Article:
Ferrari and FCA Are Officially Separated
5 Janvier 2016 - Autoblog
It's been a long time in the making, but it's officially happened: Ferrari is no longer part of Fiat Chrysler Automobiles.
Following the Italian automaker's initial public offering, it has officially split off from its former parent company. As part of the spin-off, FCA's stakeholders will each receive one common share in Ferrari for every ten they hold in Fiat Chrysler. Special voting shares will be distributed in the same proportions to certain shareholders as well. Those shares being distributed will account for 80 percent of the company's ownership. Another ten percent was floated as part of the company's IPO, while the remaining 10 percent is held by Enzo's son Piero Ferrari (pictured above at center), who serves as vice chairman of the company.
The shares will continue to be traded under the ticker symbol RACE on the New York Stock Exchange, and will begin trading this week as well under the same symbol on the Mercato Telematico Azionario, part of the Borsa Italiana in Milan. Since the extended Agnelli family headed by chairman John Elkann (above, right) holds the largest stake in FCA, expect it to continue controlling the largest portion of Ferrari shares as well. Between them, nearly half of the shares in the supercar manufacturer – and we suspect a little more than half of the voting rights – will be controlled by the Agnelli and Ferrari families, who are expected to cooperate to ensure the remaining shareholders don't attempt a takeover of the company.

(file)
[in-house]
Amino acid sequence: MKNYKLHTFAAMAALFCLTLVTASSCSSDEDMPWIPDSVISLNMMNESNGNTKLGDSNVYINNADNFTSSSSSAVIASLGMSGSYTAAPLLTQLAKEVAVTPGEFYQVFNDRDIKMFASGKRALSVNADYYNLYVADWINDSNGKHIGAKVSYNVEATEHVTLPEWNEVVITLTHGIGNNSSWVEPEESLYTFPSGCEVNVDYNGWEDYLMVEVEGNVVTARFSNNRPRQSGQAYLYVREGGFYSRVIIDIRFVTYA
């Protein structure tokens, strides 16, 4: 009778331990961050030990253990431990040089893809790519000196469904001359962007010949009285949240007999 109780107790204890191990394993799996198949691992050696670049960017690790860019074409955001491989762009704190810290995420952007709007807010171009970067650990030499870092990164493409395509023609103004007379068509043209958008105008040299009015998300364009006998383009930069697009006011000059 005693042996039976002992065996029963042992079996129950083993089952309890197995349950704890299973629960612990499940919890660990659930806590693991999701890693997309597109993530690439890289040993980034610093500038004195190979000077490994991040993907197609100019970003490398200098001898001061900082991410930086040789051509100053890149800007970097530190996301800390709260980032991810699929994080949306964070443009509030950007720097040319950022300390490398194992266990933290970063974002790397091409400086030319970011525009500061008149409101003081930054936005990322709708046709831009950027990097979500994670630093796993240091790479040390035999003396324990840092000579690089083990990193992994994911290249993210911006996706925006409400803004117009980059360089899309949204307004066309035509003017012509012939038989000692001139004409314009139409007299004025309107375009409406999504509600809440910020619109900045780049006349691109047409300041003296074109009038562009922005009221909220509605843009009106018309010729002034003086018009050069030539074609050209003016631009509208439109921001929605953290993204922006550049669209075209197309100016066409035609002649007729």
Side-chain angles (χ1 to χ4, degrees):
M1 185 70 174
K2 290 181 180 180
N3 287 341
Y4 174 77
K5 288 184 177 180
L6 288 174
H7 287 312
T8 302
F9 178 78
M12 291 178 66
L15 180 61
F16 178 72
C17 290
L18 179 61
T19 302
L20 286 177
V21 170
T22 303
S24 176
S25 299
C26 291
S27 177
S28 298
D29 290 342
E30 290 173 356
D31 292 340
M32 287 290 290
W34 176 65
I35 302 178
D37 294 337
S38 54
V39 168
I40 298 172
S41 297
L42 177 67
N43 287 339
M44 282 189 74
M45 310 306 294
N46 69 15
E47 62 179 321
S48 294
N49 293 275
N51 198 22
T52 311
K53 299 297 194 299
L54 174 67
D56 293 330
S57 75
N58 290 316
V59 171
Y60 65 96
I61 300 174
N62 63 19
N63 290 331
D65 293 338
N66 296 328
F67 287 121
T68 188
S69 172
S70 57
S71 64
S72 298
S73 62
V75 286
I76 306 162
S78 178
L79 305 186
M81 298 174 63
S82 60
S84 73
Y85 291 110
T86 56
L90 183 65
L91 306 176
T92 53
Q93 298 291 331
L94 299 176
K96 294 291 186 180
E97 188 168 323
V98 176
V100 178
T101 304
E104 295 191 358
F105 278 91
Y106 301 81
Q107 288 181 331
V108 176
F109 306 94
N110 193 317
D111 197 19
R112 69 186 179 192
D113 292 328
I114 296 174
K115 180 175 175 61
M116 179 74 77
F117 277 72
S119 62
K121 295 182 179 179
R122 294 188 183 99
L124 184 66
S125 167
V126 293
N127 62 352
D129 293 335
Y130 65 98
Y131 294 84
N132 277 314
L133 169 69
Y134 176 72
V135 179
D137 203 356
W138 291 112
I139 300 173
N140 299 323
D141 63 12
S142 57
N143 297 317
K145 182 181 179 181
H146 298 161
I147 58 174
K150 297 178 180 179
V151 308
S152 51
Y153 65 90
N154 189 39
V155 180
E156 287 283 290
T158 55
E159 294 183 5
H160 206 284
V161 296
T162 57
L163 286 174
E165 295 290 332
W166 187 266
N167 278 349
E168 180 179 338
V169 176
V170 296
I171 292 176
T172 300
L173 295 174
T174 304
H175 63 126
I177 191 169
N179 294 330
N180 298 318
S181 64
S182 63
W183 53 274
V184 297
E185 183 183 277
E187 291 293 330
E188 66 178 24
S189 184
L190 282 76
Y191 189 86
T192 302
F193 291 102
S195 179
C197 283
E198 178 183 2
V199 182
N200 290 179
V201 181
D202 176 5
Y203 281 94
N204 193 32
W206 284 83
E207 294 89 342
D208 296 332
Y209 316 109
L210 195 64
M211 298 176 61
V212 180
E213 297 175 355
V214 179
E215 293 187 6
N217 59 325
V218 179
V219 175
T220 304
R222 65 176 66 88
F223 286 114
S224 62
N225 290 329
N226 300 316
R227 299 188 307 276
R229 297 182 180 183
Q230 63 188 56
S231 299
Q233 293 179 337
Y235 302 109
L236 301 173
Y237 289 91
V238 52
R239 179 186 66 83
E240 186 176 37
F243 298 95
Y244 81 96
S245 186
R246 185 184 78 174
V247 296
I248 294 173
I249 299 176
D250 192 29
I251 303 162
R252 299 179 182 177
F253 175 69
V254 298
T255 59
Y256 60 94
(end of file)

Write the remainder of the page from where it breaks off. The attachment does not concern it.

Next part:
Similar to its former parent company, which operates out of Turin and Detroit, the Ferrari NV holding company is nominally incorporated in the Netherlands, but the automaker will continue to base its operations in Maranello, Italy. That's where it's always been headquartered, on the outskirts of Modena. For the time being, Sergio Marchionne (above, left) remains both chairman of Ferrari and chief executive of FCA – a position to which he is not unaccustomed, having previously headed both Fiat and Chrysler before the two officially merged.